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Trueborn, being higher class citizens in Commorragh, all but beg to have something that sets their models apart from rank and file Kabalite Warriors.  It didn’t take long for people to notice these cool, featureless helmets that came with the Reaver kit, and it was just such an obvious, yet simple conversion to do. The head swap makes them look pretty slick, even if you were just to paint the “glass shell” straight black and apply a gloss varnish over it. If you want to step it up a bit, you could do what I did.  Using thinned down paints, apply Incubi Darkness from about halfway down the glass and mix in increasing amounts of Temple Guard Blue the further down you go to create a gradient.  Then, if you want, use a very thinned down Baharroth Blue to draw a thin line around the bottom quarter of the glass.

A complaint I’ve heard for at least as long as I’ve been in the hobby, and relevant while we’re on the topic of Trueborn (though less, now that they’re index only), is how stupidly hard it is to assemble a single squad of elite weapons specialists when you only get one per box.  Even the fairly recently released Chaos Havocs, which are $55 USD a box, only come with a single Reaper Chaincannon, when some players may want four.

In the past, GW sold some heavy and special weapons bits to make up for this. Some models that carried specific weapons were even available in stand alone blister packs.  Now such options are not readily available without resorting to trading with other players, or if you play a less common army like the Dark Eldar, pretty much just eBay as they aren’t prioritized much by most online vendors.  Luckily, at least for Blasters, there is a fairly simple conversion involving the rarely used Shredders, and Blast Pistols, which weren’t very useful before 8th edition.  I also lucked out and found an auction on eBay way back when for 4 Warriors with Blasters.  2 were legit, 2 were pretty well converted; so while I did find my way around this problem and ended up with as many Blasterborn as I needed, it has always seemed like an unneeded annoyance for a hobby you’re already paying premium for.

Finally, here’s a quick look at some of them before and mid-touch up.  I was starting to feel like the bronze Blaster tips stuck out a little too much, and needed to look no further than the 8th edition codex for an example of one I liked.  In the model showcase section there’s a Hekatrix with a pretty sleek and simple looking Blast Pistol.  The metallics were still slightly visible under a black casing, and it just looked way more interesting to me.  After these changes, the models as they are are now just have a much colder and mysterious look to them.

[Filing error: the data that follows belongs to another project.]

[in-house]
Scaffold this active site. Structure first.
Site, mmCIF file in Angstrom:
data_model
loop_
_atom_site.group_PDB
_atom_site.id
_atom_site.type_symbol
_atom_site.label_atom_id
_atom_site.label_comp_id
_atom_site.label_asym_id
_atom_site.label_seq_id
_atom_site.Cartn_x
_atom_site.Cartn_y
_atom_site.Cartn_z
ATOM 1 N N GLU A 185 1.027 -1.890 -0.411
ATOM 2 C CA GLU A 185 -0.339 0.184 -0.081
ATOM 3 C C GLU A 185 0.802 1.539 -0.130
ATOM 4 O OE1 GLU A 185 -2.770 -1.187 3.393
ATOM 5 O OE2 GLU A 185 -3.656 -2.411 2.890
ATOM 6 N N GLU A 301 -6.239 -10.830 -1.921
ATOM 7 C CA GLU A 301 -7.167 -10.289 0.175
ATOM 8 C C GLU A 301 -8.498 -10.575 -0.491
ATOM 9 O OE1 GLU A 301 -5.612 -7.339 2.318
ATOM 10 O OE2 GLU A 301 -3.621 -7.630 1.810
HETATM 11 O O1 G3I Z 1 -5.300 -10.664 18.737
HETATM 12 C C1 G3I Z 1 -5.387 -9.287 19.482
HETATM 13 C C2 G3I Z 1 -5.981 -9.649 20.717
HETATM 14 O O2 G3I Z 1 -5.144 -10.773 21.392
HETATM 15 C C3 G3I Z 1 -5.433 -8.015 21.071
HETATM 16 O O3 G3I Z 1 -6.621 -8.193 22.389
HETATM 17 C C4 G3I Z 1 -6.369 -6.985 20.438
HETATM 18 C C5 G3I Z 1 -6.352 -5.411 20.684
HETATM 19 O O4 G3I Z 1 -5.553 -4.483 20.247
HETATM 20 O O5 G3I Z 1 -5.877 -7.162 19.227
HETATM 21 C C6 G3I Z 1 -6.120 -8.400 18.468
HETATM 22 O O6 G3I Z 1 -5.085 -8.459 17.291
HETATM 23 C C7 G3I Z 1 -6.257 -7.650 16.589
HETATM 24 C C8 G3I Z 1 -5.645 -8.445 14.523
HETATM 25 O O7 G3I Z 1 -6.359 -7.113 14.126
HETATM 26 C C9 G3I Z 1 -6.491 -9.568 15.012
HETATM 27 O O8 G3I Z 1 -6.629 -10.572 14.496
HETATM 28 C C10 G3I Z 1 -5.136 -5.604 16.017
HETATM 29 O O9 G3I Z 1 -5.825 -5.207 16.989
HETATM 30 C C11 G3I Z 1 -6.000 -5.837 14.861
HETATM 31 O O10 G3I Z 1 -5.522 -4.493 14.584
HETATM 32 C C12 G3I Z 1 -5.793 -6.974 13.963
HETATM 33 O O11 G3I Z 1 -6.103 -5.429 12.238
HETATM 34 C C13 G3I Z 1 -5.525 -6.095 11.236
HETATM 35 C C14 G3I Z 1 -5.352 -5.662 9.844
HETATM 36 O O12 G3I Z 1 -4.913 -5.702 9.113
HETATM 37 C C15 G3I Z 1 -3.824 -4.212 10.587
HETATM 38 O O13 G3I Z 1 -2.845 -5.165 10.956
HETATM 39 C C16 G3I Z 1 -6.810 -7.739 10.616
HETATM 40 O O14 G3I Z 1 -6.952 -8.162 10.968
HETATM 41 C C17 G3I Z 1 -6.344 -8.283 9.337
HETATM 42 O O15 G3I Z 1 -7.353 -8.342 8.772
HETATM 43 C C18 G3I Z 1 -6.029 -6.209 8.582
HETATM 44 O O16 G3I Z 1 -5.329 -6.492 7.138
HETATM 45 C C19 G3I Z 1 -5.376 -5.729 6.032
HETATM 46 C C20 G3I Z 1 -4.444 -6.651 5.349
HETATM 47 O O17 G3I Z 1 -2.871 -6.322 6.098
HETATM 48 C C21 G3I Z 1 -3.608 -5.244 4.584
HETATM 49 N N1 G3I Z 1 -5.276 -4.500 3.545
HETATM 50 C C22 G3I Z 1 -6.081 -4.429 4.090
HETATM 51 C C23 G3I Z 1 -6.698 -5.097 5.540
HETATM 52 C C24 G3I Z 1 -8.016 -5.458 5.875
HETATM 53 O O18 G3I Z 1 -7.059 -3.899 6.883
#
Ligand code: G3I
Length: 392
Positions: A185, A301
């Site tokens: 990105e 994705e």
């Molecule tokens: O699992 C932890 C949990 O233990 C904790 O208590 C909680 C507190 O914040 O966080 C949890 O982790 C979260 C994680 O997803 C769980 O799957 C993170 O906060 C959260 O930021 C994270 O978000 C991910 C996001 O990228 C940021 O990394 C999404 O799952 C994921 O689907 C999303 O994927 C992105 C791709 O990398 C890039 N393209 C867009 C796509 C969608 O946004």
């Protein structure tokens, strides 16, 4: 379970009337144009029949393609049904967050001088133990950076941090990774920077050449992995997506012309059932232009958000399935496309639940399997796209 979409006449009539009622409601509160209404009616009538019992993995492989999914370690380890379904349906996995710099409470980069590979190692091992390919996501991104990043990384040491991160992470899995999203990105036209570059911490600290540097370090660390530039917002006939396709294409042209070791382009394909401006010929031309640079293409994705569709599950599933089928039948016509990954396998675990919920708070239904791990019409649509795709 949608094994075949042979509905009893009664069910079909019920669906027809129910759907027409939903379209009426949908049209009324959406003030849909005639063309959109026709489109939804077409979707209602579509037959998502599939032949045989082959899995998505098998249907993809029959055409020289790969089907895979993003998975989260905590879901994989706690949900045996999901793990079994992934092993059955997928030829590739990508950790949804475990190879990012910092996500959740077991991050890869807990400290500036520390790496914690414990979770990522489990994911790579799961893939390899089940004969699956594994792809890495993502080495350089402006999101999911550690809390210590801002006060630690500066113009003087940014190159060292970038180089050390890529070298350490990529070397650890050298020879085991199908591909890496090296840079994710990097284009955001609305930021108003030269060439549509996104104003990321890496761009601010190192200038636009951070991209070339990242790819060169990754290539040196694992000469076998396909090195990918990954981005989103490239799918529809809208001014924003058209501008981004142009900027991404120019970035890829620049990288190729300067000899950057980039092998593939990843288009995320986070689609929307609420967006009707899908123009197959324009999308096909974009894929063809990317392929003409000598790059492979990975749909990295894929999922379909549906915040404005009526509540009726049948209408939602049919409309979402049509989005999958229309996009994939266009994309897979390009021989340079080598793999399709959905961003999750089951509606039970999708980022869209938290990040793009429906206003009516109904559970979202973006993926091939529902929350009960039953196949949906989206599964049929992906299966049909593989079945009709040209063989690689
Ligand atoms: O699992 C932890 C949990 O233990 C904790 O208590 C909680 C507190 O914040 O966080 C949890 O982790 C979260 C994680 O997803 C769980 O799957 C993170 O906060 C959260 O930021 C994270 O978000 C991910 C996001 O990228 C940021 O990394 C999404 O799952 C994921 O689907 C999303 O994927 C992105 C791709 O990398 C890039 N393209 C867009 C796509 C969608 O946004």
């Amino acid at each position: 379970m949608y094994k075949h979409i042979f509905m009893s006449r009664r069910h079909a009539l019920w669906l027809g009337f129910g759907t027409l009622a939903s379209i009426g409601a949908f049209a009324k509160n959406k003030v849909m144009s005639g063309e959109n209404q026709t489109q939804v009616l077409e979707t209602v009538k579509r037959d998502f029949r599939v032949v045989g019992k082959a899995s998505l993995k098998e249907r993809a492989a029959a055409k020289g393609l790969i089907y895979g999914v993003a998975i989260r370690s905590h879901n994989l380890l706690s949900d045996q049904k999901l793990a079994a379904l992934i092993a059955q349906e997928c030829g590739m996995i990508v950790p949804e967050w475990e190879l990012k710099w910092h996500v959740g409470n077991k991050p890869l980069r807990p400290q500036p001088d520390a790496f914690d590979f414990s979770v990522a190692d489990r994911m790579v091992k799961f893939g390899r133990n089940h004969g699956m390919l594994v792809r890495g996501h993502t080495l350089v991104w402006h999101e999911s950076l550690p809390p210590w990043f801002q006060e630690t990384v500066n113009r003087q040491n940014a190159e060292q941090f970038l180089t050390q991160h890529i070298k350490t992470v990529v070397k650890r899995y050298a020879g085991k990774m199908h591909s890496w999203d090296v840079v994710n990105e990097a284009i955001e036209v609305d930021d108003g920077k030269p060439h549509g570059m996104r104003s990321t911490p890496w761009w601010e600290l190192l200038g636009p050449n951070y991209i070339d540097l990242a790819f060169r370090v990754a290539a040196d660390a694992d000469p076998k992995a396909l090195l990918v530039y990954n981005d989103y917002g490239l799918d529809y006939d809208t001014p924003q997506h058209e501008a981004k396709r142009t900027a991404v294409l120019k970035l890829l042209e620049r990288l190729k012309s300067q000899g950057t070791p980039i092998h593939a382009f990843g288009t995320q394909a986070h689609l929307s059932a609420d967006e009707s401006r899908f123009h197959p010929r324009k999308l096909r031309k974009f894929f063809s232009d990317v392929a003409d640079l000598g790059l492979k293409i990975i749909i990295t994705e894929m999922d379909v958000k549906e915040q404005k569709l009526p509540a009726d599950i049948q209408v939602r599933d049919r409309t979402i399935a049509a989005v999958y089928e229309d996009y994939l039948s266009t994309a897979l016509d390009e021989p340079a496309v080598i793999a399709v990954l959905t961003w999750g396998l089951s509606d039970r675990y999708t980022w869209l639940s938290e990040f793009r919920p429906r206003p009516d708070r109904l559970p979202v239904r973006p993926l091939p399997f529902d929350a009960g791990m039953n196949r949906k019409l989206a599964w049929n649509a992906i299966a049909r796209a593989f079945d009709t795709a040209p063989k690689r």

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Before I go, I feel really obligated to shout out StrikingScorpion82 on YouTube.  It took me way too long to try and figure out how I wanted to paint this army, and the handful of test models that I tried mimicking GW’s heavily highlighted color schemes with just didn’t look great.  I might be able to pull it off now halfway decently, but at the time I was really unhappy with what my results, and if you’re not at least moderately confident in what you’re painting, your enthusiasm will run out real fast over the course of an army.

Anyway, StrikingScorpion82 had put out a handful of videos showcasing this very striking (no pun intended) color scheme for his Dark Eldar.  It was simple enough, and he goes into detail in this video. The main point of interest for me was getting that ghostly, bluish-green armor that he cited the cover of the 5th edition codex as inspiration for.  And to this day, it’s one of the most fitting color schemes for the Drukhari.  The amounts of wash and how aggressive I am with highlighting changed over time (and as the paints themselves changed), but the basic idea’s still the same: